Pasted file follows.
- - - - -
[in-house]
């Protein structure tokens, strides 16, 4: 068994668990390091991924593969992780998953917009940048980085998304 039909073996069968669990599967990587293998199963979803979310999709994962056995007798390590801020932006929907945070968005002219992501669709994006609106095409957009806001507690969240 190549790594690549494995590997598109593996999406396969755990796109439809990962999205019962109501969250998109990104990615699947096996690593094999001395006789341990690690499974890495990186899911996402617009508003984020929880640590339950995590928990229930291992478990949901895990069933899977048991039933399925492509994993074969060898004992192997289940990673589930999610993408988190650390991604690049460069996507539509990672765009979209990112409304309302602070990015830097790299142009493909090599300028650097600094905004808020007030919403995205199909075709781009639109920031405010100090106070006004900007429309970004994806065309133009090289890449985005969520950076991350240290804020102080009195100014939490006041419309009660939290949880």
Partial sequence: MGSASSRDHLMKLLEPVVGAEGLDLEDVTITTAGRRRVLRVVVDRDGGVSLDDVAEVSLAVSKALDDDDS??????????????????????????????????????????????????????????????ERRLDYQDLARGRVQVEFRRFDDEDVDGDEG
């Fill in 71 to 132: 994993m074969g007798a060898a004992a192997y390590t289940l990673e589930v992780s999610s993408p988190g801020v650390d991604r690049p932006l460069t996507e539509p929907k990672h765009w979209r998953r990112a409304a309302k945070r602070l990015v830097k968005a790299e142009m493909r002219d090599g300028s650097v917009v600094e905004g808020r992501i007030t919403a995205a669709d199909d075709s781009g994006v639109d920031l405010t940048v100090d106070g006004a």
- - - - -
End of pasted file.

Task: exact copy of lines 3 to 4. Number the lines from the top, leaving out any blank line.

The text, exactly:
Partial sequence: MGSASSRDHLMKLLEPVVGAEGLDLEDVTITTAGRRRVLRVVVDRDGGVSLDDVAEVSLAVSKALDDDDS??????????????????????????????????????????????????????????????ERRLDYQDLARGRVQVEFRRFDDEDVDGDEG
């Fill in 71 to 132: 994993m074969g007798a060898a004992a192997y390590t289940l990673e589930v992780s999610s993408p988190g801020v650390d991604r690049p932006l460069t996507e539509p929907k990672h765009w979209r998953r990112a409304a309302k945070r602070l990015v830097k968005a790299e142009m493909r002219d090599g300028s650097v917009v600094e905004g808020r992501i007030t919403a995205a669709d199909d075709s781009g994006v639109d920031l405010t940048v100090d106070g006004a």